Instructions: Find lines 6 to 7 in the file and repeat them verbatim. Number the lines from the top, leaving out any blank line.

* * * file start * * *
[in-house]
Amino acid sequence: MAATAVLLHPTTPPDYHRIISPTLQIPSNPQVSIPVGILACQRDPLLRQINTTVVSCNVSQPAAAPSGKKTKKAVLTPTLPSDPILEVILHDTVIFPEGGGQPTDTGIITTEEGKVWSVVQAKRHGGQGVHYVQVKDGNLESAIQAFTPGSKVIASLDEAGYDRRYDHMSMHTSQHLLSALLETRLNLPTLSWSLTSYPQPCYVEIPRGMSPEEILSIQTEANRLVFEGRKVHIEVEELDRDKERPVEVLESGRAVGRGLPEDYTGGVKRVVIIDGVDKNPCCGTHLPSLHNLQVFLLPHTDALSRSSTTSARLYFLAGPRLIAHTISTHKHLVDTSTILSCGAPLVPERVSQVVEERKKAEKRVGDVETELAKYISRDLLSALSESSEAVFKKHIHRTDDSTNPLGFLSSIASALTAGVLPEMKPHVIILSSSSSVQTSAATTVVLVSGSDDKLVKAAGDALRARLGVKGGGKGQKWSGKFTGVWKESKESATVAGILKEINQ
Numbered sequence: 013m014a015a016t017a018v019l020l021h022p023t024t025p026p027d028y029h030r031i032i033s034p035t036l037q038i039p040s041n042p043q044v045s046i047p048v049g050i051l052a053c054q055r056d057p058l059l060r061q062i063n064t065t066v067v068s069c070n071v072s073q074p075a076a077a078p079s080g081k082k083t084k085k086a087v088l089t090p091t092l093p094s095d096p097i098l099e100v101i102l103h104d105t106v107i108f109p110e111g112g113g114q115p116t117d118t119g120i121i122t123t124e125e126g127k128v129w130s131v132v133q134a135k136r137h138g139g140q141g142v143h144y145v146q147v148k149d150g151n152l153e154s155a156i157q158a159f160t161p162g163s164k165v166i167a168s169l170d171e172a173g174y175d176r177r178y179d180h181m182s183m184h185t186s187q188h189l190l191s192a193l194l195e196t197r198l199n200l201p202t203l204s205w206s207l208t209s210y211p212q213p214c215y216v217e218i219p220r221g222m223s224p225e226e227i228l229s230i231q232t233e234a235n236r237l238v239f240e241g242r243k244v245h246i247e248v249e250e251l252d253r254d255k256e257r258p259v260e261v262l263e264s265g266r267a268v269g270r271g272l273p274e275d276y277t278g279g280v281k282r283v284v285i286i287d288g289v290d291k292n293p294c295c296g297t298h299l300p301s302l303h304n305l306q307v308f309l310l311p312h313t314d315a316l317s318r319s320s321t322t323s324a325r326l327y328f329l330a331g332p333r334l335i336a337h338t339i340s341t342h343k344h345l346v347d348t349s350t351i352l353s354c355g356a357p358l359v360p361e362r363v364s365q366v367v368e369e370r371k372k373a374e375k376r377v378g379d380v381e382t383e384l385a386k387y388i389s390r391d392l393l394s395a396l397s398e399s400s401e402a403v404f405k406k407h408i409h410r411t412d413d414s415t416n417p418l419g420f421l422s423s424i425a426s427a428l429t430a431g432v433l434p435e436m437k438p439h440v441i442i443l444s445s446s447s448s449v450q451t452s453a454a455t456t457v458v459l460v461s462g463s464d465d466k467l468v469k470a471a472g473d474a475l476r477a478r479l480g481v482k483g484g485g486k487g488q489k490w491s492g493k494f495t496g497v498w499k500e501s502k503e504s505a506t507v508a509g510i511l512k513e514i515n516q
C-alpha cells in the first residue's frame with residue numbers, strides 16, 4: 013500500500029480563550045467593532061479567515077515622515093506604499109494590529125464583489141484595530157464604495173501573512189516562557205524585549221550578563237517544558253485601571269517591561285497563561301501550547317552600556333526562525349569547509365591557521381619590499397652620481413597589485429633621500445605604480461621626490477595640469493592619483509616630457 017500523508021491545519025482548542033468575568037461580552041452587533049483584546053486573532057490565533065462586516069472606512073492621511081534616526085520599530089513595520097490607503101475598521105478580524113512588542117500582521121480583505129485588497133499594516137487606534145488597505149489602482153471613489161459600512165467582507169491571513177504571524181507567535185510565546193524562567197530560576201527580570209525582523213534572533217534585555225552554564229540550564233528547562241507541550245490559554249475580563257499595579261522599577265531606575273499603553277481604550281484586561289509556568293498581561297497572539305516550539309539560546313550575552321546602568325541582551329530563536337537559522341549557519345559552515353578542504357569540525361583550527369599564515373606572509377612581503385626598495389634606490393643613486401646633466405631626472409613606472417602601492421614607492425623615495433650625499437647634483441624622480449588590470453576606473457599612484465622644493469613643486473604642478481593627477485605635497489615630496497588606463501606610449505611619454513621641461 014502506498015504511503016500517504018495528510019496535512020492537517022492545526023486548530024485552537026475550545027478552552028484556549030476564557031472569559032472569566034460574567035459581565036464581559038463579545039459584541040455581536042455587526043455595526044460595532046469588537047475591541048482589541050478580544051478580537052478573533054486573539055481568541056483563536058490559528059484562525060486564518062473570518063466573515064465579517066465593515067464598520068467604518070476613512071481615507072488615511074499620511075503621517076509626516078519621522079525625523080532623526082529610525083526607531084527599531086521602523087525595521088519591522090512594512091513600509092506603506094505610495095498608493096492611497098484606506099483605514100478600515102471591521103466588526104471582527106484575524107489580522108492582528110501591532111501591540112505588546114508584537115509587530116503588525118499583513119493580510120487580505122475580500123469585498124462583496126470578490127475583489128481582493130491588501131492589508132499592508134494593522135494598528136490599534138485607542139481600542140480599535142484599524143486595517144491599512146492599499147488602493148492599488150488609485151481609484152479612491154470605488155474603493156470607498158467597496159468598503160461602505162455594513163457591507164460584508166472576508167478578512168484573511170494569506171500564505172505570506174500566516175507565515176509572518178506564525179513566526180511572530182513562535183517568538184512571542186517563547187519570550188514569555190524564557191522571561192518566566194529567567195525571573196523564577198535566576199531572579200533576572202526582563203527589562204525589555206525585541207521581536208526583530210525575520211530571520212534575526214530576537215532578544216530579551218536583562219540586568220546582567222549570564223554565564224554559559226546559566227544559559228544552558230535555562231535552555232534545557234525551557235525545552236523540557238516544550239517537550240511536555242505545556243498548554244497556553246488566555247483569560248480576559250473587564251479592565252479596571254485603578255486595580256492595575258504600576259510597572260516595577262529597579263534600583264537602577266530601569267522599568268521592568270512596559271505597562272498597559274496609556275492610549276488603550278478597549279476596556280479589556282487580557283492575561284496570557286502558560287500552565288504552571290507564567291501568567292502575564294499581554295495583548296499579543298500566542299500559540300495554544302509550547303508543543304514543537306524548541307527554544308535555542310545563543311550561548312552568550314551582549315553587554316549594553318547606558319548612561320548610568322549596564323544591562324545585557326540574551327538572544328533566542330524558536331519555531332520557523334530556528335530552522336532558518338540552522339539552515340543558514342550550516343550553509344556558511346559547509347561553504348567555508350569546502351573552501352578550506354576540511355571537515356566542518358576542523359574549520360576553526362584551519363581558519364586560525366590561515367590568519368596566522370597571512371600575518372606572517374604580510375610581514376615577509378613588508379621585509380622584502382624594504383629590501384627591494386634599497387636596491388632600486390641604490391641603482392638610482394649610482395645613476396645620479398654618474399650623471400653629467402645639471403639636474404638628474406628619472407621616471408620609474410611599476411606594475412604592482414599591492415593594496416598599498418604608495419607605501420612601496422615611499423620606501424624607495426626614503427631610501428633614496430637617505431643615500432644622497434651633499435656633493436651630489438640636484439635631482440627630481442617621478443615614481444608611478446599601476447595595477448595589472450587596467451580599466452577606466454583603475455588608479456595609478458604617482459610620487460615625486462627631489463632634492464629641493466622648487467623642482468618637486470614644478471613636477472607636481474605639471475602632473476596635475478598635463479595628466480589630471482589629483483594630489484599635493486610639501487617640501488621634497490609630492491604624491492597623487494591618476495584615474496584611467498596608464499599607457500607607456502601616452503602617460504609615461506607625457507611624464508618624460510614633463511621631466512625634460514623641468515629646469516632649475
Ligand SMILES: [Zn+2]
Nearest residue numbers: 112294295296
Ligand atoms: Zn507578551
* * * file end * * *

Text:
Nearest residue numbers: 112294295296
Ligand atoms: Zn507578551